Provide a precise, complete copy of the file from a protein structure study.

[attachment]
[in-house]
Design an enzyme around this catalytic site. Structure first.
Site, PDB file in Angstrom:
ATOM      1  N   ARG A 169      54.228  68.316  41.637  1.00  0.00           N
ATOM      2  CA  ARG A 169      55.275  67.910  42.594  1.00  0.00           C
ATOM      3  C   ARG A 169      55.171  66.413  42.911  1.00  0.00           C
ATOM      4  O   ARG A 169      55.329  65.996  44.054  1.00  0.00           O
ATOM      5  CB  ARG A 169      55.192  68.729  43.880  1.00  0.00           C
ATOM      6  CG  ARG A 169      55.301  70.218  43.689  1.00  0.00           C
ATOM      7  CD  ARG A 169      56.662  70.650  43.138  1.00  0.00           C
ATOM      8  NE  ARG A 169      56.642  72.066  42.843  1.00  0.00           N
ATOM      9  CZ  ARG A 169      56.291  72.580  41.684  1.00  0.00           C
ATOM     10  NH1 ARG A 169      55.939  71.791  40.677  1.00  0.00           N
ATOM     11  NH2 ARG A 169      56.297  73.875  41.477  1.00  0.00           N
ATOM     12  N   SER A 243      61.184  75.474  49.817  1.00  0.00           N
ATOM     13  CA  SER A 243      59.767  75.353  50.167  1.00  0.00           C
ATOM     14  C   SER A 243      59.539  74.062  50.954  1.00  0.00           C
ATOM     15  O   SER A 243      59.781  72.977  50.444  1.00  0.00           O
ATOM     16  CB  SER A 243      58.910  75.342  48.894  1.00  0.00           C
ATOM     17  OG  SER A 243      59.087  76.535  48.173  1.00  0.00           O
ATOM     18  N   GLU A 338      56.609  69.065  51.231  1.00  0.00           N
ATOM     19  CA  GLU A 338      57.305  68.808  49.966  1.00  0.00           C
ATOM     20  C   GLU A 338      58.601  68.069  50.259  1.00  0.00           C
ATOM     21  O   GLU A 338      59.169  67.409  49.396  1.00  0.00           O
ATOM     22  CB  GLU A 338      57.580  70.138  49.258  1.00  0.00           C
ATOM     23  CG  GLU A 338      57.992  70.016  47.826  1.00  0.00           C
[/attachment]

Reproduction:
[in-house]
Design an enzyme around this catalytic site. Structure first.
Site, PDB file in Angstrom:
ATOM      1  N   ARG A 169      54.228  68.316  41.637  1.00  0.00           N
ATOM      2  CA  ARG A 169      55.275  67.910  42.594  1.00  0.00           C
ATOM      3  C   ARG A 169      55.171  66.413  42.911  1.00  0.00           C
ATOM      4  O   ARG A 169      55.329  65.996  44.054  1.00  0.00           O
ATOM      5  CB  ARG A 169      55.192  68.729  43.880  1.00  0.00           C
ATOM      6  CG  ARG A 169      55.301  70.218  43.689  1.00  0.00           C
ATOM      7  CD  ARG A 169      56.662  70.650  43.138  1.00  0.00           C
ATOM      8  NE  ARG A 169      56.642  72.066  42.843  1.00  0.00           N
ATOM      9  CZ  ARG A 169      56.291  72.580  41.684  1.00  0.00           C
ATOM     10  NH1 ARG A 169      55.939  71.791  40.677  1.00  0.00           N
ATOM     11  NH2 ARG A 169      56.297  73.875  41.477  1.00  0.00           N
ATOM     12  N   SER A 243      61.184  75.474  49.817  1.00  0.00           N
ATOM     13  CA  SER A 243      59.767  75.353  50.167  1.00  0.00           C
ATOM     14  C   SER A 243      59.539  74.062  50.954  1.00  0.00           C
ATOM     15  O   SER A 243      59.781  72.977  50.444  1.00  0.00           O
ATOM     16  CB  SER A 243      58.910  75.342  48.894  1.00  0.00           C
ATOM     17  OG  SER A 243      59.087  76.535  48.173  1.00  0.00           O
ATOM     18  N   GLU A 338      56.609  69.065  51.231  1.00  0.00           N
ATOM     19  CA  GLU A 338      57.305  68.808  49.966  1.00  0.00           C
ATOM     20  C   GLU A 338      58.601  68.069  50.259  1.00  0.00           C
ATOM     21  O   GLU A 338      59.169  67.409  49.396  1.00  0.00           O
ATOM     22  CB  GLU A 338      57.580  70.138  49.258  1.00  0.00           C
ATOM     23  CG  GLU A 338      57.992  70.016  47.826  1.00  0.00           C